In past government had notified tariff incentives over cement imports in order to tackle the uncontrolled domestic price rise of cement. But Industrial players are of the view that import of cement is neither feasible due to accruing costs nor is required because of indigenous surplus production. Few said eerie behaviour of cement retail price is supported by cartelization and has nothing to do with the market interplay. In addition to this, import of cement in the country is too inconsiderable to impact strong market forces that only institutional vigilance can check on. Otherwise, import of cement will merely open another as identical source of income for traders as cash crops do.
It is noteworthy that cement sector is one of the top ten major sales tax spinners for CBR, leading to Rs. 1.8 billion domestic sales tax collection in the first half of 2007-08. During the same period of current fiscal year, import payments disbursed in lieu of construction and mining machinery were nearing 63 million dollars. The figure is presented for the comparative analyses of two different but interrelated sectors. Since mostly petroleum products run these high scale machineries, import bill swells on in proportion to additional running. Cumulatively, 6.8 billion dollars spent on petroleum group in July-Mar08 in contrast to 5.4 billion dollars in the same period of the last fiscal year.
Repatriation of profit or dividend of cement sector reduced to 5.6 million dollars in July-Feb08 from 5.7 million dollars in the corresponding period of the last fiscal year. Notwithstanding Pakistan is ranked on the 19th position in the world's cement producing nations, its share in total production is very low [reportedly 1%]. In spite of steady pattern of growth in the cement sector of the country, improvement in capacity utilization is said to be at odd with the expansion in installed capacity.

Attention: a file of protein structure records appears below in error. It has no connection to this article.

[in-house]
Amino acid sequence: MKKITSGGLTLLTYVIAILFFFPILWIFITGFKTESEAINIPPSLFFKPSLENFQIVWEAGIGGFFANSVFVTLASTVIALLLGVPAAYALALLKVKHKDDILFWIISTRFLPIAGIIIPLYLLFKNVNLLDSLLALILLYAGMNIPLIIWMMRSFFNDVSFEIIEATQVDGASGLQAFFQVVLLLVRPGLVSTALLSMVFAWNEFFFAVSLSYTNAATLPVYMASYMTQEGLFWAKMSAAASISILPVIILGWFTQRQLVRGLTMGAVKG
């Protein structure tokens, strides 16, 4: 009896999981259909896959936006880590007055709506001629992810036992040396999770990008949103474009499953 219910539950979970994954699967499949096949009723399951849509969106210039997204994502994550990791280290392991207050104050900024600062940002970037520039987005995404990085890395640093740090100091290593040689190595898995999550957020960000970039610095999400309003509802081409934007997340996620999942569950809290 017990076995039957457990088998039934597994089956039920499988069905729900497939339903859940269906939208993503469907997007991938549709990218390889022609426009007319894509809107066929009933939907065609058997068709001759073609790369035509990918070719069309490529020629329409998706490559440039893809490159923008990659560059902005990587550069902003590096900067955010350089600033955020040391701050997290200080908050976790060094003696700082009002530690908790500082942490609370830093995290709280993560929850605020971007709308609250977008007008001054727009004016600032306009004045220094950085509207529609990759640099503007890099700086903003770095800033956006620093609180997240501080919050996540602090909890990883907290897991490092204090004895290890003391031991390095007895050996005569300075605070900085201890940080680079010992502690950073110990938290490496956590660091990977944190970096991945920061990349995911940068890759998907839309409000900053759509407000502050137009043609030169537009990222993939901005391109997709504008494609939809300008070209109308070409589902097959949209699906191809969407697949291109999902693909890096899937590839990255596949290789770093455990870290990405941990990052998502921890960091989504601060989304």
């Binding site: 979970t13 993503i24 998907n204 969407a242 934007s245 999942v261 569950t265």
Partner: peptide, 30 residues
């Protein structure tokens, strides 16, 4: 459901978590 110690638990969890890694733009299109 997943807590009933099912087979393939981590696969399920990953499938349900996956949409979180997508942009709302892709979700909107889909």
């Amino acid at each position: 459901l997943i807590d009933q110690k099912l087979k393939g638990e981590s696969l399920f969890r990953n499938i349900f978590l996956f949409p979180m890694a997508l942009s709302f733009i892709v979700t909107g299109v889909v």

Over 40% of local production of cement is undertaken by three major producers. Lucky Cement has the highest share of 21% in national cement production. DG Khan Cement is seconded with 12%, followed by Maple Leaf Cement with 8%. In regional scenario, Pakistan's per capita cement consumption is lowest (128kg) as compared to India (137kg), Iran (520kg), and China (985kg). China, having 50% share in the world's total cement production, occupied a leading role after India, USA, Japan, Russia, and Korea.
The upward trend in cement demand is likely to continue for years to come as UAE finds it cost effective to import cement from Pakistan. Besides, housing sector, infrastructure development, dams, and water development programs will increase the local consumption of cement. To meet the impending supply-demand shortfall, capacity utilization of cement plants will have to be enhanced. India while not having more than 6.5% share in the total global cement production outpaced major international cement producers recently due to optimal capacity utilization. Pakistan's cement industry has long way to go to get international acclamation but growth in external and internal trades and interest of foreign investors in cement sector have potential for bearing results. Most importantly, rationalization of local price can impede any government future plan of reliance on imports that would never be in the advantage of local industry.